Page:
Cyrus Johnson, after James Northcote, William Mudge

Photo courtesy of Dave Penman (All rights reserved)


Country House
William Mudge
Medium and support
Oil on canvas
Overall height: 75 cm, Overall width: 62.5 cm
Cyrus Johnson (1848-1925), after James Northcote (1746-1831)
Catalogue Number


According to Stamford Raffles Flint, the painting is a copy made in 1897 by Cyrus Johnson of James Northcote’s portrait of William Mudge, painted in 1804.1 On 20 November 1804 William Mudge wrote to his brother-in-law, Richard Rosdew, about the portrait commission: ‘Northcote has had two sittings from me and has near finished the face. He has put two [sic] much brains in it or behind it. But I perceive the likeness to be extremely strong, and I think the portrait is likely to turn out a very fine one, for he is evidently trying his best’.2 In a list of pictures made in 1804 Northcote recorded in his Account Book: ‘Col.l Wm. Mudge a head – 20. Guineas/ ’.3

It appears, therefore, that Northcote painted two versions of the portrait – one for the sitter, William Mudge, in 1804 and the other for his sister, Jenny Rosdew, the following year. It was presumably the prime version that Northcote exhibited at the Royal Academy in 1805. Its present whereabouts is unknown but it was recorded by Flint in the possession of his cousin, Miss Helen Bogue, great granddaughter of William Mudge. Cyrus Johnson (1848–1925) worked principally as a miniaturist but also painted landscapes and genre paintings. In 1897, Johnson also painted a copy of Thomas Lawrence’s portrait of Jenny Rosdew.4

William Mudge (1762–1820) was the ninth of twenty children of Dr John Mudge and grandson of the Reverend Zachariah Mudge. His godfather was Samuel Johnson, who on the occasion of a visit to see Mudge while training at the Royal Military Academy, Woolwich, presented him with a guinea and a book.5 In 1779 Mudge became 2nd Lieutenant in the Royal Artillery, and served with Lord Cornwallis in South Carolina. On his return to London he trained as a surveyor. In 1798 he was elected a fellow of the Royal Society. By the early 1800s Mudge was established as one of the most important figures in the establishment of the Ordnance Survey, based at the Tower of London. He also served as lieutenant-governor of the Royal Military Academy at Woolwich, the official capacity in which he is presumably represented in the present portrait. In his hand Mudge holds a document inscribed ‘Map of the Coast’, a reference to his mapping of the English coast.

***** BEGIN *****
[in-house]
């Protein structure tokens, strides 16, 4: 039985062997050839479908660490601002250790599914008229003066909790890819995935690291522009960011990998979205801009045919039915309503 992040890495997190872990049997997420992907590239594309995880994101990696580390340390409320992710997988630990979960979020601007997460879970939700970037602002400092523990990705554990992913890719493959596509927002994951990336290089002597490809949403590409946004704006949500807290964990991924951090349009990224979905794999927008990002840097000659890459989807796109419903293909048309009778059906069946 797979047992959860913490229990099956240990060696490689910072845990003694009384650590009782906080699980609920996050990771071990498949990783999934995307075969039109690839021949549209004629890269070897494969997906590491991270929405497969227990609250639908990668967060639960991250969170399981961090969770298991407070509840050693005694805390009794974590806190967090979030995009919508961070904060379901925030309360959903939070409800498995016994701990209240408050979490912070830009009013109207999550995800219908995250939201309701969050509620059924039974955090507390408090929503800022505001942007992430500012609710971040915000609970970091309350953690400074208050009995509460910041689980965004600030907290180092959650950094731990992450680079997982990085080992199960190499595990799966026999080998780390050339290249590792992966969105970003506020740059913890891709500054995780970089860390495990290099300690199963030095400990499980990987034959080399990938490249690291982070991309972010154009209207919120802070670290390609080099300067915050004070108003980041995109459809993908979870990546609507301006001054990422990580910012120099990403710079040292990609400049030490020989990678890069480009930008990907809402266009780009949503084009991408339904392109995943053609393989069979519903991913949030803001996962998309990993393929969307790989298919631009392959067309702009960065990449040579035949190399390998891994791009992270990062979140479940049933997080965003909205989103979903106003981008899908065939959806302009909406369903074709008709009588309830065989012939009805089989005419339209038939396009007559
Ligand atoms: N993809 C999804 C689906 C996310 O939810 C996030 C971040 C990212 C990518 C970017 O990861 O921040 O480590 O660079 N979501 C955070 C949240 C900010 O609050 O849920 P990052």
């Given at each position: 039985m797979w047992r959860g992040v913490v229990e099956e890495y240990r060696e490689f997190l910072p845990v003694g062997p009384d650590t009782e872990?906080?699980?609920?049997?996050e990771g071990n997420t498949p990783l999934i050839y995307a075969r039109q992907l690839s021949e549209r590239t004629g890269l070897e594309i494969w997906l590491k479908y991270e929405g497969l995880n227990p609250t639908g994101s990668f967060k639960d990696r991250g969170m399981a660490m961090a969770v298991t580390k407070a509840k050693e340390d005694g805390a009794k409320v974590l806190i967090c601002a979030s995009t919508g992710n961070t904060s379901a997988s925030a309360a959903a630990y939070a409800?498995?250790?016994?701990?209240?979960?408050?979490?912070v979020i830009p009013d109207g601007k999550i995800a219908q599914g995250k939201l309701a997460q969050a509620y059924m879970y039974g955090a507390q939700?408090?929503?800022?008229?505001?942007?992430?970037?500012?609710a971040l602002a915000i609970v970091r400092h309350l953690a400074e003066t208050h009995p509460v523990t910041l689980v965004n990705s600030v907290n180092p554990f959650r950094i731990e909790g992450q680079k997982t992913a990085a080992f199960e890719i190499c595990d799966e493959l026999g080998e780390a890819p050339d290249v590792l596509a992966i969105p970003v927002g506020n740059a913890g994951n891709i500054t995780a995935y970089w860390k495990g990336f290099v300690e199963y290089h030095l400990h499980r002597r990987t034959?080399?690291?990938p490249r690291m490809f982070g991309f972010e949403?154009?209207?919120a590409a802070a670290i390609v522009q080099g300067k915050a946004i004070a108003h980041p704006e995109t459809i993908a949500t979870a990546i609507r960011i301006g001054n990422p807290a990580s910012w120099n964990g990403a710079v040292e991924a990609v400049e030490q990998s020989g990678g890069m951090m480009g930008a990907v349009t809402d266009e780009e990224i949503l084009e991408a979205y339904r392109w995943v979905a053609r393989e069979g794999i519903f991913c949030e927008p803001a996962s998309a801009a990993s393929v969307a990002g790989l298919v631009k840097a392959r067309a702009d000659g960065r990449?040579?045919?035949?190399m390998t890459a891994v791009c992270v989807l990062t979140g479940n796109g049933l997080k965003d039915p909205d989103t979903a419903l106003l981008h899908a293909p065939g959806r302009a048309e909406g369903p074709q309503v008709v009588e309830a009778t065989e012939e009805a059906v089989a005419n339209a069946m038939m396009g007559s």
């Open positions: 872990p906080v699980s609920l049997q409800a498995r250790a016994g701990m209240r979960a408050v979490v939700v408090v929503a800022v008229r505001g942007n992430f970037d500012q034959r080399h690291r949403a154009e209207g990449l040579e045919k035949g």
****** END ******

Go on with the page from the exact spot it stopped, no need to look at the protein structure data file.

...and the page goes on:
In the inventory of March 1928 the picture was recorded as hanging on the Staircase Hall and described as ‘Half length of Admiral, blue coat red facings and epaulettes holding map of the earth’, which suggests that the identity of the sitter was unknown.

by Martin Postle


Stamford Raffles-Flint, Mudge Memoirs: being a record of Zachariah Mudge, and some members of his family; together with a genealogical list of the same. Compiled from Family Papers & Other Sources, Truro : Netherton & Worth, 1883, p. 130

Stephen Gwynn, Memorials of an Eighteenth Century Painter (James Northcote), London : T. Fisher Unwin, 1898, p. 279, no. 417

Jacob Simon, The Account Book of James Northcote, 58, The Walpole Society, 1996, p. 80


  1. Stamford Raffles Flint, MS notebook, n.d, n.p., Trewithen.

  2. Flint, 1883, p. 130.

  3. Simon, 1996, p. 80.

  4. Flint, who owned the copy by Johnson, states that the original portrait belonged to his cousin, Miss Helen Bogue: Flint, MS notebook.

  5. Flint, 1883, p. 121.


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